Frequently Asked Questions: the COVID-19 Vaccine
Vaccine hesitancy, attitudes towards vaccination, virology
How do I know the COVID Vaccine is Safe?
Each approved vaccine has completed three levels of trials, involving tens of thousands of volunteers. Although mild side effects (like pain at the injection site lasting less than a day, or feeling “off ” for a day or so) is common, severe allergic reactions are very rare, about 2 for every million people. This is monitored very carefully. For example, in one trial, two people in England had a possible severe side effect: they stopped the trial until they could be sure it wasn’t caused by the vaccine.
Will I Need to Get COVID Vaccines Each Year like I do with the Flu?
We don’t know if we will need to get a new vaccine every year. It depends on how much the virus chang-es. SARS-CoV-2 is less changeable than the flu virus, but more than some other viruses. It’s still a young virus in humans, so we will have to wait and see. In-fluenza has many ways of changing that SARS-CoV-2 does not, so hopefully one round of vaccines will be enough!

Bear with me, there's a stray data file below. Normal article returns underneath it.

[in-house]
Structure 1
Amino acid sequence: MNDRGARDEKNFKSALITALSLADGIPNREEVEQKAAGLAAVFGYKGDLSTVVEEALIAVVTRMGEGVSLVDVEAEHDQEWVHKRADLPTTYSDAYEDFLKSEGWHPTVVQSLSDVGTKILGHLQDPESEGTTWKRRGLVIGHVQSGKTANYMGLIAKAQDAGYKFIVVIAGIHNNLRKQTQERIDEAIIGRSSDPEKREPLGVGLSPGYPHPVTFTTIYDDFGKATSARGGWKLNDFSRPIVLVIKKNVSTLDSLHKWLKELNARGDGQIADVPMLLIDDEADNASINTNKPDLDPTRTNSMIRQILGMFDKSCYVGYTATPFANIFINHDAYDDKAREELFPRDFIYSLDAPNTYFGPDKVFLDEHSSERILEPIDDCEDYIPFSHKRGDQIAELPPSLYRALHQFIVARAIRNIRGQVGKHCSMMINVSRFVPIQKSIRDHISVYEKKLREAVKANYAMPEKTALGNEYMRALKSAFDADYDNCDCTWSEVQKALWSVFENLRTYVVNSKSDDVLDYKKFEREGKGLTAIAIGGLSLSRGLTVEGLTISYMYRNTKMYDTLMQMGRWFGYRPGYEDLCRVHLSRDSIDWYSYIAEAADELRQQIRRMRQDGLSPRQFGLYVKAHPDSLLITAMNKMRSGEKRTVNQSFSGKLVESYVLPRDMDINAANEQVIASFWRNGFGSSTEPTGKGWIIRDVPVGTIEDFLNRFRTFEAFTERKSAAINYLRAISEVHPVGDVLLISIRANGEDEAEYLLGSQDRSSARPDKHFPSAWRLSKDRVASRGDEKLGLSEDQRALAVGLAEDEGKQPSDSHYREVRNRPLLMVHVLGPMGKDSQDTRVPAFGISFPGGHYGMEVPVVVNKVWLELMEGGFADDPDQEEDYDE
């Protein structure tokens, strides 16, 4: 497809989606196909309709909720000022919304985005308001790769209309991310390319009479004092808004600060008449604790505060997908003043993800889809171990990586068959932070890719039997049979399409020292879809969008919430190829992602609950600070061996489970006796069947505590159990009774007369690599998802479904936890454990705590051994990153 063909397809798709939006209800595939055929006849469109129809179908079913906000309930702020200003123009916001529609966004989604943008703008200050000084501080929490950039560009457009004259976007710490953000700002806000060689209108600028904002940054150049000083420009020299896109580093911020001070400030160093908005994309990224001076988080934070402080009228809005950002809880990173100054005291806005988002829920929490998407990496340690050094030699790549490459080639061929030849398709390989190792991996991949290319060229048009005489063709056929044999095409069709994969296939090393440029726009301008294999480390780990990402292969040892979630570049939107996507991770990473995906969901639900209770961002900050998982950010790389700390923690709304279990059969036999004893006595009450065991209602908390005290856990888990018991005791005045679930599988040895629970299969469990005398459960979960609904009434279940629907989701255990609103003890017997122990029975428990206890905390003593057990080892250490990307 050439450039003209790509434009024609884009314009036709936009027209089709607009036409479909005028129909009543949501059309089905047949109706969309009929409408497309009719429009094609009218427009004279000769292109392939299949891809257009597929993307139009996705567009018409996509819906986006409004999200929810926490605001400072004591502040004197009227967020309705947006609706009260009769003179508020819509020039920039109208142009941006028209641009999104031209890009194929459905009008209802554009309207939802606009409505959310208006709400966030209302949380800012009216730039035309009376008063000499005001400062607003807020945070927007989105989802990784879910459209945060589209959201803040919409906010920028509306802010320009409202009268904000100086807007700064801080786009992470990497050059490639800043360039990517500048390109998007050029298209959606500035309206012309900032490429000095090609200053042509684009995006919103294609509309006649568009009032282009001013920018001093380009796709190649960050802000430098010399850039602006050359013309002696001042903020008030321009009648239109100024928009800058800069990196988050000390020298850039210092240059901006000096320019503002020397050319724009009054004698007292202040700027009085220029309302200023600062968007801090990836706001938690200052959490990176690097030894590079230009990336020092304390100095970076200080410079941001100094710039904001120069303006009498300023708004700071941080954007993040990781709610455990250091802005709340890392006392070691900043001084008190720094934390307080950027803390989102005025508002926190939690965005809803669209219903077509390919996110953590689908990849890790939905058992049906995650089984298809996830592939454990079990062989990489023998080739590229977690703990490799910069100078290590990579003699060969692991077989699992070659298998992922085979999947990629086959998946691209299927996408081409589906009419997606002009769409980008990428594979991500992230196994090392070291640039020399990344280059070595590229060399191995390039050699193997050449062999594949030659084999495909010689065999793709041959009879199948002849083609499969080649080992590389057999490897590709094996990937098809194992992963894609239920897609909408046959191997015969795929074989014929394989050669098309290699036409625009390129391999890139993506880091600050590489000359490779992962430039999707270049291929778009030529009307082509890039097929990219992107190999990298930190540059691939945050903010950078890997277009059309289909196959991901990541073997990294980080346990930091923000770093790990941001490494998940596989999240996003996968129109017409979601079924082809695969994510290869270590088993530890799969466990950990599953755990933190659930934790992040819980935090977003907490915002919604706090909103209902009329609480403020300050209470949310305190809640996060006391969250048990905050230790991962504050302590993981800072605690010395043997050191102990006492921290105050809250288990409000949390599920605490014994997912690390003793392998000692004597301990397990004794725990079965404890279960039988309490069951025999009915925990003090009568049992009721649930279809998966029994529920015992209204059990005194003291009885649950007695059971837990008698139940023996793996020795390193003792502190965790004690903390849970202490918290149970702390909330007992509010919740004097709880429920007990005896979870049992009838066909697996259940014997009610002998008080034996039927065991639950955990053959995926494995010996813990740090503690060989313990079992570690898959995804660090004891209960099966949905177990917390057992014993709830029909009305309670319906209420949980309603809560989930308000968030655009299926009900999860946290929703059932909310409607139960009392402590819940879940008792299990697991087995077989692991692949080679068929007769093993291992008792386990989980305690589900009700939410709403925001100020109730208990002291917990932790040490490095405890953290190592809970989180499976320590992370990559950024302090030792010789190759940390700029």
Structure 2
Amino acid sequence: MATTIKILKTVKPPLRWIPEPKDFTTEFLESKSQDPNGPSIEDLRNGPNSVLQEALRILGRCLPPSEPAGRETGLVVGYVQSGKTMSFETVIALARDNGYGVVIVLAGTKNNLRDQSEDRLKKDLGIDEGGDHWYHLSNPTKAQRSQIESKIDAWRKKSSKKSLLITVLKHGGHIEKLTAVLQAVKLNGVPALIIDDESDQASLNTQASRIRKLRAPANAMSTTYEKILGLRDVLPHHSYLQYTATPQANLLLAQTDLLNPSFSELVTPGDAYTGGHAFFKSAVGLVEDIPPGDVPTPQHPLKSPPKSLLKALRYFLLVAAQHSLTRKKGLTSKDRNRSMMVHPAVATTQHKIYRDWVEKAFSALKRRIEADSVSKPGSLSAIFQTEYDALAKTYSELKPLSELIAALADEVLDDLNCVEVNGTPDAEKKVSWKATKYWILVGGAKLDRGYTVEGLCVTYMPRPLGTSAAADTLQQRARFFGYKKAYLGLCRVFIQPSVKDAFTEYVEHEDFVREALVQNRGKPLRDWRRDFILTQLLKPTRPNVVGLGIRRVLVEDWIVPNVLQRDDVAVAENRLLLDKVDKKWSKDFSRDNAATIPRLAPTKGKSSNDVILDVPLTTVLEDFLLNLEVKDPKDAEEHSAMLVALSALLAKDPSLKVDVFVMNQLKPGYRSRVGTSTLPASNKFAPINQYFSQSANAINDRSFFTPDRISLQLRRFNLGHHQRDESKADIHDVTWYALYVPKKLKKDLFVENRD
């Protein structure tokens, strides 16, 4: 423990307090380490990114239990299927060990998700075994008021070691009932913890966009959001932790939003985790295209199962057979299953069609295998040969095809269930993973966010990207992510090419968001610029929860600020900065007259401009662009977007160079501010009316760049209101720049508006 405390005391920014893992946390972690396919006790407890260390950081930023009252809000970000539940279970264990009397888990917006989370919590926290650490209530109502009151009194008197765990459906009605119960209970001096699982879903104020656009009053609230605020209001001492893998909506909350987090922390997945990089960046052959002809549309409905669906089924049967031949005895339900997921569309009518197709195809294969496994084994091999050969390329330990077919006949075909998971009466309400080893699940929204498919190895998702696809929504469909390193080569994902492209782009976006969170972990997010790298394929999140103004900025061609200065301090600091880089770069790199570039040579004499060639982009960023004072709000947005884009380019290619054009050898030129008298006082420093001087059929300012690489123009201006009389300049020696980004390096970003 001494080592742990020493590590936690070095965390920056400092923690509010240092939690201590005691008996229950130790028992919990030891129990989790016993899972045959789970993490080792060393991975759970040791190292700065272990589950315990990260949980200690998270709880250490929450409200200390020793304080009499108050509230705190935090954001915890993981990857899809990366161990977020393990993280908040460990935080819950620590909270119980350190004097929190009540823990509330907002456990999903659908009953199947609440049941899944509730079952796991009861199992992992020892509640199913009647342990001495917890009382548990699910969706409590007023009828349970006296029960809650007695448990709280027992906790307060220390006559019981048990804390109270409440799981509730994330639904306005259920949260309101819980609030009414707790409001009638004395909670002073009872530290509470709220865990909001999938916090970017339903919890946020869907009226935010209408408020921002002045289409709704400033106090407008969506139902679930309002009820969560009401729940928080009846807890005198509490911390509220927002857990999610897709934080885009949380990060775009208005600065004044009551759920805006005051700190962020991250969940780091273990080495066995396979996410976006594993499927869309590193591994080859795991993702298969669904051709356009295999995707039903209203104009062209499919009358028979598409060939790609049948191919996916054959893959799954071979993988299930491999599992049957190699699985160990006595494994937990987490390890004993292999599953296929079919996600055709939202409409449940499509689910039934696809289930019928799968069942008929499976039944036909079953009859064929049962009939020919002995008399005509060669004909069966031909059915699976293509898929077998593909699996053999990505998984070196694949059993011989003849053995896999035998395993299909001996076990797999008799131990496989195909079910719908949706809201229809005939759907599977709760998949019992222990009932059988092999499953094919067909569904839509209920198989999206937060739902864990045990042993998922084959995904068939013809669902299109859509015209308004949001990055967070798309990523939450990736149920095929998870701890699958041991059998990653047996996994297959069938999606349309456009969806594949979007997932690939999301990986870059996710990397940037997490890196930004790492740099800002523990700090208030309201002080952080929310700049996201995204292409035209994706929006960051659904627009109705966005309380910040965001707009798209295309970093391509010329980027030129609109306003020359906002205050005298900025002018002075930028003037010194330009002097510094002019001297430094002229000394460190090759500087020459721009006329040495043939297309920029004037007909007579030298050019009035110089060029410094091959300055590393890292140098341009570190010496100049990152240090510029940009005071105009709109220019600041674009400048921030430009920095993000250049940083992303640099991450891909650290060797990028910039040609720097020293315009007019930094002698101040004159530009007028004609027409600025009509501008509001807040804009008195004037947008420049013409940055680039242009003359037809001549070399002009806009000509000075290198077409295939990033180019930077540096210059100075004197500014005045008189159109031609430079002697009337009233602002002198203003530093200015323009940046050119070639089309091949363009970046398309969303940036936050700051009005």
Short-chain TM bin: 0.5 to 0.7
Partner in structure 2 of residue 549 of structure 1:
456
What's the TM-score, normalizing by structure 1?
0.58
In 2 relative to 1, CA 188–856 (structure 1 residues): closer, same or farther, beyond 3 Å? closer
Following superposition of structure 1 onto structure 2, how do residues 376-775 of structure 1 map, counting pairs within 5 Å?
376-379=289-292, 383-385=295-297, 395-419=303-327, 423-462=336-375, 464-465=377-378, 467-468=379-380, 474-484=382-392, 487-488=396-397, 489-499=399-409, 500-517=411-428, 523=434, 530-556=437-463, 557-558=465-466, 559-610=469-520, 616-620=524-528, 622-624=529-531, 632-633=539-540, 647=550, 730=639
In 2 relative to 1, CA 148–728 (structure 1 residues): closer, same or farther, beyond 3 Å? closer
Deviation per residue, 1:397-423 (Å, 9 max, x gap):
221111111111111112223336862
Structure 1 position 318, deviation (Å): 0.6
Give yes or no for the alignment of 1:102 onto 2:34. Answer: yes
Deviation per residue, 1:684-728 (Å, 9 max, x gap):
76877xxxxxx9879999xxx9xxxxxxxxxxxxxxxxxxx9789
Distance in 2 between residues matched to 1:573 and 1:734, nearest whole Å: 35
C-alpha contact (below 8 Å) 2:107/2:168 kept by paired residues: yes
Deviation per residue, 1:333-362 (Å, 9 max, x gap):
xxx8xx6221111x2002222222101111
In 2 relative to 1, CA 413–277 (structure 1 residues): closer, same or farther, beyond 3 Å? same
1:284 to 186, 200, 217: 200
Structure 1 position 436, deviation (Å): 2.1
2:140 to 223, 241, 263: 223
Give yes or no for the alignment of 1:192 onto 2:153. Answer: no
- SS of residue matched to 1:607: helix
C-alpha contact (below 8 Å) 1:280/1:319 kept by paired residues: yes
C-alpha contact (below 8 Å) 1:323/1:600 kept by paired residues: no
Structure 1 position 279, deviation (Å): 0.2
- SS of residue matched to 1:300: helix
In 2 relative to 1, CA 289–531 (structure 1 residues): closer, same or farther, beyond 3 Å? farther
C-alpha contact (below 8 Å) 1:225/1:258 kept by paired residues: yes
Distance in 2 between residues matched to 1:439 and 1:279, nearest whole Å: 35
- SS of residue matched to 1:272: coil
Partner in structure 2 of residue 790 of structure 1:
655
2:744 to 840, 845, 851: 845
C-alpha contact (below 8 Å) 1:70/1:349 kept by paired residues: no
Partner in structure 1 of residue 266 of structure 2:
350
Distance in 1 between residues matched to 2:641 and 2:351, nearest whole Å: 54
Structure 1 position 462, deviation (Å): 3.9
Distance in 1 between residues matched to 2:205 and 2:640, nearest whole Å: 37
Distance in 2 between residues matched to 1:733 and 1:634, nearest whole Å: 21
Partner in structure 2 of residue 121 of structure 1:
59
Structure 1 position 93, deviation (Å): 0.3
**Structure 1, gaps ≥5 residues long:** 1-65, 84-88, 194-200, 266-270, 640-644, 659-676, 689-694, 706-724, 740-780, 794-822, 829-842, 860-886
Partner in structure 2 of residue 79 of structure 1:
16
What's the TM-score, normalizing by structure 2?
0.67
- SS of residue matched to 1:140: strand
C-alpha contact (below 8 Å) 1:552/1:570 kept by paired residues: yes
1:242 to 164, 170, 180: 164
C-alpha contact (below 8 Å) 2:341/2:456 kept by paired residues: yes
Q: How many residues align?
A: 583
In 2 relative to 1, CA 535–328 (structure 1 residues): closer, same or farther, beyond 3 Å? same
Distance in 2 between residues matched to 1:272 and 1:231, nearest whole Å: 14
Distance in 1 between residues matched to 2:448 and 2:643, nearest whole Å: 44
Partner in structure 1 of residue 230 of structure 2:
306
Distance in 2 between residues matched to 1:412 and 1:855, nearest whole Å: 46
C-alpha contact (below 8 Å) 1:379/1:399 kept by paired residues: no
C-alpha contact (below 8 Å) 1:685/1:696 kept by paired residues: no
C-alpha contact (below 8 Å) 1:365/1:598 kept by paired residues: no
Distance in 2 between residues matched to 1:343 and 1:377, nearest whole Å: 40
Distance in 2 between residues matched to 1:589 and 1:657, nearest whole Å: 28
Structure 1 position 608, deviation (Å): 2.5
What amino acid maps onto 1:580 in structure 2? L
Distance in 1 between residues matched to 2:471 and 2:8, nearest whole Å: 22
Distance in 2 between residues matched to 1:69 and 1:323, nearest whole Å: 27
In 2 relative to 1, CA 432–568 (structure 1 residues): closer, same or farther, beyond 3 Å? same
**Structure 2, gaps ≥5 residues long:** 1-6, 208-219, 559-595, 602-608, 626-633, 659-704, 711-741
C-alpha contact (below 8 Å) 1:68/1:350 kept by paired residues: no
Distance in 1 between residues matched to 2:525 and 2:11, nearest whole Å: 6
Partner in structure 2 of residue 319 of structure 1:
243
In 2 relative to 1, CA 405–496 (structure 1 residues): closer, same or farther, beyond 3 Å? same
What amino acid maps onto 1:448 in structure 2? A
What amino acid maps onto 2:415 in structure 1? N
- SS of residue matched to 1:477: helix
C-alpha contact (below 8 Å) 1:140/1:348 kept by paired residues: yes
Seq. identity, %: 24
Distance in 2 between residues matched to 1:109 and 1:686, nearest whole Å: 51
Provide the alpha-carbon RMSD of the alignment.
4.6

How do I talk to loved ones who do not want to get the vaccine?
3. Talk about why it’s important.
4. Discuss how they feel about it.
If your loved ones are worried about getting the vaccine, they may have one of several different concerns. The best way to talk to someone about it is to make sure they have been heard and understood, then talk to them about why you think the vaccine is important. Some concerns can be factually dealt with (for example, the vaccines do not change your DNA or contain aborted fetuses), but most of the time hitting people with facts will not change their minds. If they are heard, understood, and cared about, they will be more likely to listen to you what you have to say. Remember to discuss ideas, not attack people. Calling someone stupid or blind only causes them to become defensive.